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Sunday, 10 June, 2001, 23:54 GMT 00:54 UK
Smokers 'risk breast cancer spread'
Women with breast cancer who smoke are at more risk
Women with breast cancer who smoke are at more risk
Women with breast cancer who smoke are twice as likely to get secondary tumours in the lungs, doctors have found.

An American doctor compared women whose breast cancer had spread with those whose had not.

She found women with breast cancer which had spread, or metastasised, to the lung were twice as likely to be smokers as those whose cancer had not spread.

The finding is an additional piece of bad news for women who smoke.


Women are more likely to survive breast cancer if they don't smoke

Professor Susan Murin,
University of California
Last September Cancer Research Campaign (CRC) statistics showed lung cancer had overtaken breast cancer as the biggest killer of women in Britain.

The rise was blamed on an increase in the number of women smoking.

Smoking is not a direct risk factor for breast cancer.

But the doctor who carried out the research said the findings backed up previous work which had linked smoking to a higher risk of lung metastasis in women with breast cancer and that women who smoke are more likely to die of breast cancer than non-smokers.

There were about 13,500 deaths from breast cancer in the UK in 1997, according to the CRC.

About 35,000 new breast cancer cases are diagnosed in the UK each year.

'Fertile environment'

Professor Susan Murin and statistician John Inciardi of the University of California Davis School of Medicine and Medical Center studied data from women who had attended the unit.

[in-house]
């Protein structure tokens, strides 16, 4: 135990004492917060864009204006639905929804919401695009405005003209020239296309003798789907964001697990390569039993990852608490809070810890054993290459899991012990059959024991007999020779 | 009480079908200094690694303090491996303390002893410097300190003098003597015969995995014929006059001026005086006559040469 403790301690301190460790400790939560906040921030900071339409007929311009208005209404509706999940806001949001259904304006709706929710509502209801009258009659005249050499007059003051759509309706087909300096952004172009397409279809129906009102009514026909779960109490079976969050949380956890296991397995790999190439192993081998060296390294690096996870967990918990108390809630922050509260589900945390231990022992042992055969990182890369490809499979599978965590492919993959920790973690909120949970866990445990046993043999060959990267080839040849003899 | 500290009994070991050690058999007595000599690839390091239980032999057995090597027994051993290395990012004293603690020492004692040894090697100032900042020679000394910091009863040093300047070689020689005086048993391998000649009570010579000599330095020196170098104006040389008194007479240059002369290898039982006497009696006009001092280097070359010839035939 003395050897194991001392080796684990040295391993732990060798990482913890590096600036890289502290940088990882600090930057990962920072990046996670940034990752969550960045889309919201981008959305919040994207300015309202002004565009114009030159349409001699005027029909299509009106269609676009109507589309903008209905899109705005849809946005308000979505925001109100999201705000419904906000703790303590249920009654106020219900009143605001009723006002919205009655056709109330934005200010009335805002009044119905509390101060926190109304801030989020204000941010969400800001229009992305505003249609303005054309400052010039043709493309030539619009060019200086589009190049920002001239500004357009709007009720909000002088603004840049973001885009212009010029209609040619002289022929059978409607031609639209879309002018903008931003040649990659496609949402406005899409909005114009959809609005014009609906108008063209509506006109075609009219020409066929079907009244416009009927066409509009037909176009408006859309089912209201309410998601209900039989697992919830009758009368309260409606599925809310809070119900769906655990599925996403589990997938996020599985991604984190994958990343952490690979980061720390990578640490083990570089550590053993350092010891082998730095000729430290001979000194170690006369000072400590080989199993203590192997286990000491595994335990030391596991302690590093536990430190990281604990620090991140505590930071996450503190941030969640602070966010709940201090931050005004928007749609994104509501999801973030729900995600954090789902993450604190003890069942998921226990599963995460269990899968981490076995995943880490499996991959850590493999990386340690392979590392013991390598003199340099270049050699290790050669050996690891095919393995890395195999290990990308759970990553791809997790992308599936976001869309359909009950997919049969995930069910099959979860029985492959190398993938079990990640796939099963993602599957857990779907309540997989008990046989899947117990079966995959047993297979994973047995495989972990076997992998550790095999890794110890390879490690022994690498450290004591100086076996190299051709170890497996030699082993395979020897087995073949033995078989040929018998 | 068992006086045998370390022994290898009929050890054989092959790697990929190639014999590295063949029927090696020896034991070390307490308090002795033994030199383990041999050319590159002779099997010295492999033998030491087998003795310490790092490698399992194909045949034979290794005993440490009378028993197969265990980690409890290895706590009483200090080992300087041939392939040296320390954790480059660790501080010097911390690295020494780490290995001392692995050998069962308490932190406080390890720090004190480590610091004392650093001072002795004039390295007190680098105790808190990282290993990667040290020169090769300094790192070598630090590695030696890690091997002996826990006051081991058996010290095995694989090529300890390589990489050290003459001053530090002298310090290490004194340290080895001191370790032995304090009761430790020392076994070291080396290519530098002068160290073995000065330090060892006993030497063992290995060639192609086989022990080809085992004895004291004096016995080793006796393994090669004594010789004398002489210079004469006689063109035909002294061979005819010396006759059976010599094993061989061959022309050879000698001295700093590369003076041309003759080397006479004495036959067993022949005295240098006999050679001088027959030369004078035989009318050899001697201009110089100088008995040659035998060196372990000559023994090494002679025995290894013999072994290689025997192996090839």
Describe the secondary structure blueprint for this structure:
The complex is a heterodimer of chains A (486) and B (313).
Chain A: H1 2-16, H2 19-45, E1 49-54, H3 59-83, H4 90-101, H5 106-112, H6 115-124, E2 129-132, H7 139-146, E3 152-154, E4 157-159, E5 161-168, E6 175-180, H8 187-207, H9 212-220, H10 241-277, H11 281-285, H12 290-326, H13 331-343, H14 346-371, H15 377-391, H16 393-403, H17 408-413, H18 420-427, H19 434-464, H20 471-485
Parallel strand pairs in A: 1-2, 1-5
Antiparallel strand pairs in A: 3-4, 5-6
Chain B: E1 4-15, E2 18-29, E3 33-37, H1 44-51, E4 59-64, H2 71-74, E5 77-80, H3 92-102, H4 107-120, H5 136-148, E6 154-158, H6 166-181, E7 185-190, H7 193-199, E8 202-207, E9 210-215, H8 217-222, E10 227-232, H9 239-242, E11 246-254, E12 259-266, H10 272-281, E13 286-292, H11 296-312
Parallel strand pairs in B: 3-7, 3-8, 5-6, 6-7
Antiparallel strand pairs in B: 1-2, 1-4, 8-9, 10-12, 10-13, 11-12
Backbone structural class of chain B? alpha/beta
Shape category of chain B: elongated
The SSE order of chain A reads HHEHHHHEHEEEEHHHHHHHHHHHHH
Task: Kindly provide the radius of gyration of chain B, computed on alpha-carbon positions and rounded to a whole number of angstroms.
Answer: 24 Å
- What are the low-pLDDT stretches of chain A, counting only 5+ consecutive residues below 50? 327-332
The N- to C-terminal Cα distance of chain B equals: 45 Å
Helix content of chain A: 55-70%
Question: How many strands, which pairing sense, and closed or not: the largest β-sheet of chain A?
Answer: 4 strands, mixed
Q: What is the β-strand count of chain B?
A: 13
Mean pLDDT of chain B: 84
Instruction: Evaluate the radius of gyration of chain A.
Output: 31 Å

There were 87 whose invasive breast cancer which had metastasised to the lungs, who were compared with 174 women, whose breast cancer had not spread.

Prof Murin said the reason for cancer being more likely to spread was unclear, but she speculated cigarette smoke may make lungs a more "fertile environment" for cancer.

She said: "Smoking changes the immune function of the lungs and makes blood vessels more leaky.

"Once cancer cells escape the bloodstream, they are more likely to set up housekeeping in distant sites."

Other factors, such as smokers tending to have less healthy diets and exercising less could also contribute to the link.

Prof Murin is now going to carry out research looking at whether stopping smoking after being diagnosed with breast cancer can limit the risk of developing secondary tumours in the lung.

Quitting

The researchers estimate survival rates to be around 80%, if breast cancer is picked up early, but say once its spread to other parts of the body, it is more difficult to treat.

Prof Murin said: "Women are many ways more frightened of breast cancer than lung cancer, because it's so much more common. Everyone knows someone who has breast cancer.

"But women are more likely to survive breast cancer if they don't smoke. If we can let them know that, it might motivate some women to quit."

Dr John Toy, medical director of the Imperial Cancer Research Fund, said: "'This provides women smokers who have developed breast cancer a real opportunity to improve their chances of survival."

Amanda Sandford, research manager from Action on Smoking and Health (Ash) told BBC News Online: "Tobacco smoke contains around 60 substances known to cause cancer.

"Therefore, it should not be that surprising that women with breast cancer who smoke are going to be at greater risk of seeing their cancer spread to other parts of the body."

The research is published in Chest Journal.

An editorial published with the study suggests smokers diagnosed with breast cancer should be offered support to help them stop smoking.

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See also:

28 Dec 00 | Scotland
Lung cancer victims 'to blame'
27 Feb 01 | Health
Big rise in cancer cases
11 Sep 00 | Health
Smoking addiction 'sets in early'
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